“Finally, these reports are consistent with behavior that was reported about Sallet when he was in New Orleans. A former employee told me that Sallet commented to him and other employees about underage high school girls’ buttocks, saying words to the effect that the men would not find similarly attractive posteriors on women their own age.”
United for FBI Integrity’s motion for summary judgment also included a sworn declaration from the organization’s president, former FBI agent James Davidson.
Davidson said he only heard the rumors about Sallet from Zummer. Nevertheless, it’s suspicious that Sallet retired so soon after being promoted to be the FBI’s third-in-command, according to Davidson.
“In fact, the circumstances of Sallet’s retirement fit the profile of someone who had faced some sort of internal or external scrutiny for ethical or disciplinary violations and chose to retire to avoid further scrutiny,” Davidson said in his sworn declaration.
Sallet, to reiterate, has denied all allegations of wrongdoing, and Zummer admitted to Headline USA that he has no direct evidence of sexual misconduct.
The DOJ, for its part, has also blasted Zummer’s accusations as “only anonymous hearsay and innuendo,” seeking a summary judgment of its own.
“The invasion of Sallet’s privacy that confirming or denying the existence of any responsive records would entail outweighs any public interest in disclosure. Sallet has a significant interest in personal privacy that outweighs all the rationales for disclosure that Plaintiff asserts,” DOJ lawyers argued in a July 2023 court filing.
“Plaintiff offers no evidence sufficient to support a reasonable belief that Sallet engaged in misconduct.”
However, Zummer takes exception to the DOJ’s characterization of his allegations. In an August 2023 reply to the DOJ, Zummer argued that his information about Sallet comes from reliable sources within the bureau.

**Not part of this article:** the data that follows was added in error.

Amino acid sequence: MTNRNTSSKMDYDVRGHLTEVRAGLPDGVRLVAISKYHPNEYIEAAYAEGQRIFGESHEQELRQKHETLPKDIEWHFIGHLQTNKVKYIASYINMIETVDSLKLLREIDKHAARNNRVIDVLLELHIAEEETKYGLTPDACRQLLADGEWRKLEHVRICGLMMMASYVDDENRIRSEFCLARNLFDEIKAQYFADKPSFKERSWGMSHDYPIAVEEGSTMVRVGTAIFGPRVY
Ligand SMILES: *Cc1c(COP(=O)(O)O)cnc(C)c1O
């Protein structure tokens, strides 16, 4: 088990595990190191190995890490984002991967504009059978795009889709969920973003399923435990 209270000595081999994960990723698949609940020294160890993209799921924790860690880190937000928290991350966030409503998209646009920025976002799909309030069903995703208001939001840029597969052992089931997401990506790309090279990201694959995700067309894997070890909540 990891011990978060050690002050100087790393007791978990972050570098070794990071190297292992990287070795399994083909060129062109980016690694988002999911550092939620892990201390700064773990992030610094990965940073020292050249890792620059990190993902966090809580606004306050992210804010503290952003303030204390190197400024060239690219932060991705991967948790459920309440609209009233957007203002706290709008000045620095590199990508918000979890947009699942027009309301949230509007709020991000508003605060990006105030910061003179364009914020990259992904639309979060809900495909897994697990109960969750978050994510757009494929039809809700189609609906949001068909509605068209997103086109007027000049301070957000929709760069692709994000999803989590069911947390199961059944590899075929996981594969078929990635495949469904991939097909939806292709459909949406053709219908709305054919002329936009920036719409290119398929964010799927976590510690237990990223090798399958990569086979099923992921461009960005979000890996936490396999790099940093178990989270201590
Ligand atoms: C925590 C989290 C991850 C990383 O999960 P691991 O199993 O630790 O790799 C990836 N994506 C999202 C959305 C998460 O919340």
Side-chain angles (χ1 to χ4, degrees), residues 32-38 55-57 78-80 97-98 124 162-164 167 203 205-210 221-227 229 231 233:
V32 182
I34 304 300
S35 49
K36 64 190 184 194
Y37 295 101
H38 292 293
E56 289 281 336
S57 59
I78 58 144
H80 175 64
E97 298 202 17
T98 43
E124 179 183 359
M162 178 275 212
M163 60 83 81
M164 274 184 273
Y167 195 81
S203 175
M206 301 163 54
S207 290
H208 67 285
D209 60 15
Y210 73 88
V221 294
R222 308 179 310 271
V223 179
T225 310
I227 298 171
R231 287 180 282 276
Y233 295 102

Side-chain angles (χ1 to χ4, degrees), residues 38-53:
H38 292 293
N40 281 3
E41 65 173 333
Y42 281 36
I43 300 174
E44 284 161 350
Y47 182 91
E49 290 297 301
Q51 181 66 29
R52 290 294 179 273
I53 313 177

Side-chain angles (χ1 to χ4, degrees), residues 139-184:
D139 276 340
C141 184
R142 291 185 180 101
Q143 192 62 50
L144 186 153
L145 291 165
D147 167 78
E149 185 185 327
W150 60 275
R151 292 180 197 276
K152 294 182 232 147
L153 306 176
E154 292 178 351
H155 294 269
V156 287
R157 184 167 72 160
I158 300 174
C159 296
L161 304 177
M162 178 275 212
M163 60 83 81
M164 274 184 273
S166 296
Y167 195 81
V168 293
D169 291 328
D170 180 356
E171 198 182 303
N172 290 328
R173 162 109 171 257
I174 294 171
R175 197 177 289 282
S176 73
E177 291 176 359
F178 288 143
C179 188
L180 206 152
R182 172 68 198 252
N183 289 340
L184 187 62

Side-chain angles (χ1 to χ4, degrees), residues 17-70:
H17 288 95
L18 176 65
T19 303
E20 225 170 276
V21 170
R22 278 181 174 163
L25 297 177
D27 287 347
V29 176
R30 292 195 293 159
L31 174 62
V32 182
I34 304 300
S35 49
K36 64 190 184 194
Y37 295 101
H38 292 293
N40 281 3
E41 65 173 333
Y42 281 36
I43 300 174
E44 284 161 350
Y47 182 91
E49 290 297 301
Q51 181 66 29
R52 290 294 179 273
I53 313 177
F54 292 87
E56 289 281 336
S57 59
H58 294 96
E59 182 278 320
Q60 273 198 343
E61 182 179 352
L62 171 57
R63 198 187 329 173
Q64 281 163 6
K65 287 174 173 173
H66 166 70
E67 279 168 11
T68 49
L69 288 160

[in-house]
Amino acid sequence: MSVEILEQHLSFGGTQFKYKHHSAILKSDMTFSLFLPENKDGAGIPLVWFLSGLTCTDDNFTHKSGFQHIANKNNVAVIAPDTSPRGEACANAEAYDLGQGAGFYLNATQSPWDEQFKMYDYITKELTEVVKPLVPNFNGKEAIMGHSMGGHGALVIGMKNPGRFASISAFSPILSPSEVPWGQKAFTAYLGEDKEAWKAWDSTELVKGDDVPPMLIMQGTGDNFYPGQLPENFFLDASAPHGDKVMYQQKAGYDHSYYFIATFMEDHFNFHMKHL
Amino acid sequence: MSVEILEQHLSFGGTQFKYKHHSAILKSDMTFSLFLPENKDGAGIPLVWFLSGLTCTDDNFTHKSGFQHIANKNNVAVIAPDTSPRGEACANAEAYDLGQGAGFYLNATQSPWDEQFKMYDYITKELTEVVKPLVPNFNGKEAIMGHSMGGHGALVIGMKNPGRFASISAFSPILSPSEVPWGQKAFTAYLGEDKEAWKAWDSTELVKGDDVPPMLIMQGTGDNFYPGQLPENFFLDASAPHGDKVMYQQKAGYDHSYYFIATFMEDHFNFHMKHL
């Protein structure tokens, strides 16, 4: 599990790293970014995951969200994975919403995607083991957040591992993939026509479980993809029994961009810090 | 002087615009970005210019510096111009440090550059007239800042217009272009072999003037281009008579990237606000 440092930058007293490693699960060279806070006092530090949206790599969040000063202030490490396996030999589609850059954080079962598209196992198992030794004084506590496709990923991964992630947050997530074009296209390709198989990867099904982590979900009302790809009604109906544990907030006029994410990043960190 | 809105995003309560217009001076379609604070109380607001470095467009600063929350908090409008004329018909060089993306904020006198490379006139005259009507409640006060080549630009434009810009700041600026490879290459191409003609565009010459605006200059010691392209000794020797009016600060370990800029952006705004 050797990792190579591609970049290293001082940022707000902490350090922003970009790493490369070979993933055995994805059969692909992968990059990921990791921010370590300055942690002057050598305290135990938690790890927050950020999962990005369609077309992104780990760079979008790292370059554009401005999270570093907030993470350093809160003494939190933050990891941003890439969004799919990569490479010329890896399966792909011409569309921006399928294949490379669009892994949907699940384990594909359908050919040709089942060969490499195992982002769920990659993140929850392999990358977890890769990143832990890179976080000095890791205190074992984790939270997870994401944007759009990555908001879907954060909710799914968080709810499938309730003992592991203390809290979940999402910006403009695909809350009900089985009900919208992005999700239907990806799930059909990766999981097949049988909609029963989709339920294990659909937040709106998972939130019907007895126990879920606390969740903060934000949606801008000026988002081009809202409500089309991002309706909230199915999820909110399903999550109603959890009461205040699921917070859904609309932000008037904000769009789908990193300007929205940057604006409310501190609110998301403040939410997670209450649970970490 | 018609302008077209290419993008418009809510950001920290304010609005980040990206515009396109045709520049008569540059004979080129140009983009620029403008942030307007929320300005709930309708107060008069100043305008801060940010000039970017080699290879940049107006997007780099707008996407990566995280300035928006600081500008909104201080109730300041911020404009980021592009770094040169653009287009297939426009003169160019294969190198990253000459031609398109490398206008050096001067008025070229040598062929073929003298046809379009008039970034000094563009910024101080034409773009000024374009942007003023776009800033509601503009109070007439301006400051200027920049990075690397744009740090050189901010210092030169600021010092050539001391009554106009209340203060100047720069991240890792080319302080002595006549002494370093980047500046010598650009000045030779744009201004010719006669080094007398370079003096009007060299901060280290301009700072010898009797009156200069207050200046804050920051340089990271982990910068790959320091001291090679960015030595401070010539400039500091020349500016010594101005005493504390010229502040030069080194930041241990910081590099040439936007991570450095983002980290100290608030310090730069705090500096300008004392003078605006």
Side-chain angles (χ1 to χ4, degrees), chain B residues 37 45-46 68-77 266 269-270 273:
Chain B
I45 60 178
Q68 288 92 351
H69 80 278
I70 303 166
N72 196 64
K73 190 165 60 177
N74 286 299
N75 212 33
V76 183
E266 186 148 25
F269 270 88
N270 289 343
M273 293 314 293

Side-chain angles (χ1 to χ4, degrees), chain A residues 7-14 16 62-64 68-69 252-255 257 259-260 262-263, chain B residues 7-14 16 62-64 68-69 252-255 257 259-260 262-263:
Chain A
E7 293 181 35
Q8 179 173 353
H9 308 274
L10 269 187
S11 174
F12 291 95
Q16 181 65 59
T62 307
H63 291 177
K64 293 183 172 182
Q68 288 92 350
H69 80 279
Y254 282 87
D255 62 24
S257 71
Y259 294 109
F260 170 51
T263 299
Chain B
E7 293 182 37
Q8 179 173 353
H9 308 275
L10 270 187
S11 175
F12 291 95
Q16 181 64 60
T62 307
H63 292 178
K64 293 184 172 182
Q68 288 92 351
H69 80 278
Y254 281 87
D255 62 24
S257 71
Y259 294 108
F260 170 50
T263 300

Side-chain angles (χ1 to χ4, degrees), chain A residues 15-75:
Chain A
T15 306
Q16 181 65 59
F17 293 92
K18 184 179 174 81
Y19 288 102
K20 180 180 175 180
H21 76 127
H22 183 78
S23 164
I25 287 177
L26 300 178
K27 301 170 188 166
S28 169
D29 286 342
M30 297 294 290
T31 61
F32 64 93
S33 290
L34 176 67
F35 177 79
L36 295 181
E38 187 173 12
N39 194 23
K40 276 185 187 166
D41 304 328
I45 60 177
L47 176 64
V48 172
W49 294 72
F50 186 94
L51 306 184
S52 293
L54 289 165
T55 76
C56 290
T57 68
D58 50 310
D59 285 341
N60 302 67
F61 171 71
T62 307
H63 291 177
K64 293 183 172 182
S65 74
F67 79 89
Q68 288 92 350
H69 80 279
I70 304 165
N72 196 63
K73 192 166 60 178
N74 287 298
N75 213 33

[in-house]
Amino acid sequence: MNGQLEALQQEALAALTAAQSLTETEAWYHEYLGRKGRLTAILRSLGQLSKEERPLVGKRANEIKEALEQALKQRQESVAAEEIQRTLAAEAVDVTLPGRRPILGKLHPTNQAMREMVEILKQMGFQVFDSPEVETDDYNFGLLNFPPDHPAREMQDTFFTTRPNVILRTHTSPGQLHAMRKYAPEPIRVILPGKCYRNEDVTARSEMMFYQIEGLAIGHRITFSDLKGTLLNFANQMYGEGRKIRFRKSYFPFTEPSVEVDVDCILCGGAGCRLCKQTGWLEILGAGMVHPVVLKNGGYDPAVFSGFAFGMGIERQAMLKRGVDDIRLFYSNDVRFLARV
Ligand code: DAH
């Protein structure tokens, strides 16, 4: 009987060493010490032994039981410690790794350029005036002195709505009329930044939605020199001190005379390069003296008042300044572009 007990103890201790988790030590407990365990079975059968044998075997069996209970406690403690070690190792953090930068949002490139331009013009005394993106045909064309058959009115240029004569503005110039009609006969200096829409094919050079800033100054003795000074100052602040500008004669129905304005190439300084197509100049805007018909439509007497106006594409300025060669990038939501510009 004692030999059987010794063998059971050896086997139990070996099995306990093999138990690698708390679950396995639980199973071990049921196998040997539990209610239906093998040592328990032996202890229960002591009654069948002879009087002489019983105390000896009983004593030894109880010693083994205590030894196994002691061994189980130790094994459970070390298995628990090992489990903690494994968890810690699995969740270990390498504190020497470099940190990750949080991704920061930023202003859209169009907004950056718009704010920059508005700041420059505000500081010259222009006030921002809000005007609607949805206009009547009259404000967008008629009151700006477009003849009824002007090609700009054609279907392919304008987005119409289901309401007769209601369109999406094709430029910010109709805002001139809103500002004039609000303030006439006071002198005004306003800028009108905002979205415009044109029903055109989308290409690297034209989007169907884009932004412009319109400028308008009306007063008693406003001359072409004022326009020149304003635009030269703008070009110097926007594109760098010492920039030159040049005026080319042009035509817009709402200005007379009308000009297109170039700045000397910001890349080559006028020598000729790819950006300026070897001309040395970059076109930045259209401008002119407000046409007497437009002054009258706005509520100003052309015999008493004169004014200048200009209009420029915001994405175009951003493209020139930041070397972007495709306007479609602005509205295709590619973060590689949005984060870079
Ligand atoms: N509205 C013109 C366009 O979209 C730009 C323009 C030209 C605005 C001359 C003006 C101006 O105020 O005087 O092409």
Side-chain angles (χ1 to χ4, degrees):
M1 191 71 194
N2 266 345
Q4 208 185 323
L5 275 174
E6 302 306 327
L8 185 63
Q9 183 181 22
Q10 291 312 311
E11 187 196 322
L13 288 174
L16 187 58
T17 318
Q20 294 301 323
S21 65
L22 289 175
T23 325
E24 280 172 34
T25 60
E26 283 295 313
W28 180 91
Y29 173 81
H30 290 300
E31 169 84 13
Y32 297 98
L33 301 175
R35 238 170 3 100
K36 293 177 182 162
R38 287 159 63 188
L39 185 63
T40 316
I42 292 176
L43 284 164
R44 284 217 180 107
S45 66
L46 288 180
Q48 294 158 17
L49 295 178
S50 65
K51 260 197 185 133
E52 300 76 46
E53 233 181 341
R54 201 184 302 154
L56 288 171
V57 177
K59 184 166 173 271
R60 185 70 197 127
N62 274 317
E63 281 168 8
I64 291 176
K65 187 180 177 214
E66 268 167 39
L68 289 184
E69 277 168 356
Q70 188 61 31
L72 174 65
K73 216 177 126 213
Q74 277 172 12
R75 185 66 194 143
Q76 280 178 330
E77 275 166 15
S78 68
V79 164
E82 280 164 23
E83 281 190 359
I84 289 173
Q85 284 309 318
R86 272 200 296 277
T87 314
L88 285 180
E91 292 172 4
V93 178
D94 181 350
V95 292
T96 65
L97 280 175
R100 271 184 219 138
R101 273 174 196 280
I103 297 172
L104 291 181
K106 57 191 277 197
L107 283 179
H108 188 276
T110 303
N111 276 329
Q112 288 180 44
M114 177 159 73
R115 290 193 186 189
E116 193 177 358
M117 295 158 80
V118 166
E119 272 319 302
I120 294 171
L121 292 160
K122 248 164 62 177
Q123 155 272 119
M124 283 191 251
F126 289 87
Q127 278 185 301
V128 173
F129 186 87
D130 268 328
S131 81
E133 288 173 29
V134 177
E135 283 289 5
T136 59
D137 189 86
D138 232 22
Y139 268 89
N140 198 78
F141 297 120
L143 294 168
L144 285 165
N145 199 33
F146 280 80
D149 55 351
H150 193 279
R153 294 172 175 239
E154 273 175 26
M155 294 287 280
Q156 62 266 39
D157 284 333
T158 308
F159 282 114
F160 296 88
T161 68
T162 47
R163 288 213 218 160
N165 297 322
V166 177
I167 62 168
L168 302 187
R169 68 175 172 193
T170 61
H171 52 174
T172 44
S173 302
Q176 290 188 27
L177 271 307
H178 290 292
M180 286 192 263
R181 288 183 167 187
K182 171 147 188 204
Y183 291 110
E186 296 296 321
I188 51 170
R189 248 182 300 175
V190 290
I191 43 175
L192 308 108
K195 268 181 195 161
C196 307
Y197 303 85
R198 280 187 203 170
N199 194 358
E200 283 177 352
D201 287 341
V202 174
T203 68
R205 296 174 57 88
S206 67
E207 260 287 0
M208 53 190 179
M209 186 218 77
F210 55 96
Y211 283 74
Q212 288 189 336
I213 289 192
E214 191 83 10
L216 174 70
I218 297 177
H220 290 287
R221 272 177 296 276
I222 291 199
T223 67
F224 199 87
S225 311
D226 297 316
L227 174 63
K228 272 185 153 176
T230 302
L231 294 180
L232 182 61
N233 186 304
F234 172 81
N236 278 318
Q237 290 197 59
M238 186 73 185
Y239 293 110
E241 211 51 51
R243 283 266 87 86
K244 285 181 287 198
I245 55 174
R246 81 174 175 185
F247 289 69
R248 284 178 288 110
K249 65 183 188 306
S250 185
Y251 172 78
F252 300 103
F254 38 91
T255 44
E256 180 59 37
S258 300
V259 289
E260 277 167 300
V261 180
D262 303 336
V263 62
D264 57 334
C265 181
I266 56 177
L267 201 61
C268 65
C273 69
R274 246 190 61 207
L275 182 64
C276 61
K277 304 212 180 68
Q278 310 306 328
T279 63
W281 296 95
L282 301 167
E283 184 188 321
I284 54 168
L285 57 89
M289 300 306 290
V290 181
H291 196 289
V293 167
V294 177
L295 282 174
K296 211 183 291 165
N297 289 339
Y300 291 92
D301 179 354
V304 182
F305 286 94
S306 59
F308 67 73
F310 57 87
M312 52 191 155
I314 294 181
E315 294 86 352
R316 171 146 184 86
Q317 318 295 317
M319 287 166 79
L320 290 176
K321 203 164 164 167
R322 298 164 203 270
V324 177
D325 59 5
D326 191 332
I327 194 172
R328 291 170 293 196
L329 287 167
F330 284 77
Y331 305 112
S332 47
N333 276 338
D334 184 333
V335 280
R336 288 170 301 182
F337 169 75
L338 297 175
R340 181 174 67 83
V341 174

“The Plaintiff has established more than a bare suspicion that Sallet might have engaged in sexual misconduct,” Zummer wrote on behalf of United for FBI Integrity.
“Allegations of government misconduct are far more powerful when they come from insiders. FBI employees are the source of the requester’s allegations. Here, the Plaintiff has provided specific allegations of wrongdoing from members of DOJ’s primary investigative agency,” he added.
FBI Stretches Authority to Avoid Public Scrutiny
Salacious allegations aside, United for FBI Integrity has argued that the DOJ is attempting to apply its power to “neither confirm nor deny” far too broadly in this case.
“Government misconduct is a sufficient public interest to defeat DOJ’s Glomar responses, particularly considering DOJ has failed to establish that all of the possible responsive records held by the FBI or OIG would have been compiled for law enforcement purposes,” the group argued in August.
“Under the less stringent standard of Exemption 6, DOJ cannot meet its burden to establish that all possible responsive records may be withheld in light of the public interest in disclosing government misconduct.”